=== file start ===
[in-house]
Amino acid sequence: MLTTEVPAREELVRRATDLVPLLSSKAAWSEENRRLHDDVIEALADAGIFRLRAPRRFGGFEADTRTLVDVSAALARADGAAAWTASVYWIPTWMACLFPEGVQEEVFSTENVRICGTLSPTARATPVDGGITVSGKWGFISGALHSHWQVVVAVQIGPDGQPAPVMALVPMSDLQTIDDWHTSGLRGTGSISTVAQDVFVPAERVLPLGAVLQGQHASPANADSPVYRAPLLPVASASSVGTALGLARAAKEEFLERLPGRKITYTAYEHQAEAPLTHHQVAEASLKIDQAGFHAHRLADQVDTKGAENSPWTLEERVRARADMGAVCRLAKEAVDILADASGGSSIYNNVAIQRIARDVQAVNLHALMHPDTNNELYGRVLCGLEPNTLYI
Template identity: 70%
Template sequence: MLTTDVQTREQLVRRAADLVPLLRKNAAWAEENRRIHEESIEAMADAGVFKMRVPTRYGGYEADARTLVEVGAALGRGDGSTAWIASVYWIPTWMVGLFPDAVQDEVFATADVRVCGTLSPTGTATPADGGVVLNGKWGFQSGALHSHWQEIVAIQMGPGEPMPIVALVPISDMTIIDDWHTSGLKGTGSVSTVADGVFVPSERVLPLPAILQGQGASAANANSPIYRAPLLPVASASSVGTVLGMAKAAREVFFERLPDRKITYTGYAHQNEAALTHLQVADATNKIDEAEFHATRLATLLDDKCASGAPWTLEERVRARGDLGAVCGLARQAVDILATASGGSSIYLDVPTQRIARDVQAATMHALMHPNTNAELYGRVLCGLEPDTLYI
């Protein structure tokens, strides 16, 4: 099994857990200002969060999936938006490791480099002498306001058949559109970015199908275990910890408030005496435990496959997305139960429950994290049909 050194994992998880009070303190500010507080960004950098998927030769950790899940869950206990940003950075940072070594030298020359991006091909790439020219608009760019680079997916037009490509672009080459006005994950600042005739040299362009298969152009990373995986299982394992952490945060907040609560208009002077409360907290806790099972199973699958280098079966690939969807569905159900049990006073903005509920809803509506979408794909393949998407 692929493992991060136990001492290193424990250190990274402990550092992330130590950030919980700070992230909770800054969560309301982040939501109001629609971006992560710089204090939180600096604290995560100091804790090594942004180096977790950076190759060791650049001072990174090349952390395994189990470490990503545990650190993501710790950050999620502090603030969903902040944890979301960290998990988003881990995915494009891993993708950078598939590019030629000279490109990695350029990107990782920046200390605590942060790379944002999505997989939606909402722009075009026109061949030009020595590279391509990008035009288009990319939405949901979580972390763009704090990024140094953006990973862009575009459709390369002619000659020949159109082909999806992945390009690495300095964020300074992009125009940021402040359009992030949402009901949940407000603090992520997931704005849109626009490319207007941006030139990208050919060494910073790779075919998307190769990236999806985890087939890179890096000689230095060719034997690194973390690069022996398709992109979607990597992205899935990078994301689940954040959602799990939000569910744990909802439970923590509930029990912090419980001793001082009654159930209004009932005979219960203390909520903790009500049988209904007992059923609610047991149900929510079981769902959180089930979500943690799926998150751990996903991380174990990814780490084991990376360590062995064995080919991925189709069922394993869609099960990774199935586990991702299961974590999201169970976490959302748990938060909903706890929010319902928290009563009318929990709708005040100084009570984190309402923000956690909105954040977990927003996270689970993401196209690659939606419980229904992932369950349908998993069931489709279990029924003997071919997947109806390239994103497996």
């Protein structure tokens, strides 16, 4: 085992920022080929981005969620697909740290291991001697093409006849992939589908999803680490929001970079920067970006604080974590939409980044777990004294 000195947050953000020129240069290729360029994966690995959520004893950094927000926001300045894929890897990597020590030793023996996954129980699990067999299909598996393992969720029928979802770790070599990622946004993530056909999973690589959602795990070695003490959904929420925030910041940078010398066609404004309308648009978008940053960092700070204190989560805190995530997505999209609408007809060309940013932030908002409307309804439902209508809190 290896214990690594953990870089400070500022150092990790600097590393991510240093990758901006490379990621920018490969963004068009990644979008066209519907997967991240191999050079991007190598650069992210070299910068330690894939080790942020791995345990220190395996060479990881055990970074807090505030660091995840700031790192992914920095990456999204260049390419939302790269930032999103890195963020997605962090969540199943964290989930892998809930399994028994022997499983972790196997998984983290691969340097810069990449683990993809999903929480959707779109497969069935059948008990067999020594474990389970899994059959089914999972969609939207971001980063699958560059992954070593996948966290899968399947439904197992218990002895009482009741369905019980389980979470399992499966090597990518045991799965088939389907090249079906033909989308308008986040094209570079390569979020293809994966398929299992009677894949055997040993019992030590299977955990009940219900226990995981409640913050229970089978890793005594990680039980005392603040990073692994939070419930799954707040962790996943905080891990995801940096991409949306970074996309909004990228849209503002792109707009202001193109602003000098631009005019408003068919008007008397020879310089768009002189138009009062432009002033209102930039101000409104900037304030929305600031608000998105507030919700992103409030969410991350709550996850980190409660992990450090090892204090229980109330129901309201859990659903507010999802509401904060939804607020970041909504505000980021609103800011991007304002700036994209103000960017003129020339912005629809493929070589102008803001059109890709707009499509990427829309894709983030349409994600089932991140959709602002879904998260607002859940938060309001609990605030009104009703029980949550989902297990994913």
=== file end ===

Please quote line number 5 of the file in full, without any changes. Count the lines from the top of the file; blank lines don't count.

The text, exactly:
């Protein structure tokens, strides 16, 4: 099994857990200002969060999936938006490791480099002498306001058949559109970015199908275990910890408030005496435990496959997305139960429950994290049909 050194994992998880009070303190500010507080960004950098998927030769950790899940869950206990940003950075940072070594030298020359991006091909790439020219608009760019680079997916037009490509672009080459006005994950600042005739040299362009298969152009990373995986299982394992952490945060907040609560208009002077409360907290806790099972199973699958280098079966690939969807569905159900049990006073903005509920809803509506979408794909393949998407 692929493992991060136990001492290193424990250190990274402990550092992330130590950030919980700070992230909770800054969560309301982040939501109001629609971006992560710089204090939180600096604290995560100091804790090594942004180096977790950076190759060791650049001072990174090349952390395994189990470490990503545990650190993501710790950050999620502090603030969903902040944890979301960290998990988003881990995915494009891993993708950078598939590019030629000279490109990695350029990107990782920046200390605590942060790379944002999505997989939606909402722009075009026109061949030009020595590279391509990008035009288009990319939405949901979580972390763009704090990024140094953006990973862009575009459709390369002619000659020949159109082909999806992945390009690495300095964020300074992009125009940021402040359009992030949402009901949940407000603090992520997931704005849109626009490319207007941006030139990208050919060494910073790779075919998307190769990236999806985890087939890179890096000689230095060719034997690194973390690069022996398709992109979607990597992205899935990078994301689940954040959602799990939000569910744990909802439970923590509930029990912090419980001793001082009654159930209004009932005979219960203390909520903790009500049988209904007992059923609610047991149900929510079981769902959180089930979500943690799926998150751990996903991380174990990814780490084991990376360590062995064995080919991925189709069922394993869609099960990774199935586990991702299961974590999201169970976490959302748990938060909903706890929010319902928290009563009318929990709708005040100084009570984190309402923000956690909105954040977990927003996270689970993401196209690659939606419980229904992932369950349908998993069931489709279990029924003997071919997947109806390239994103497996």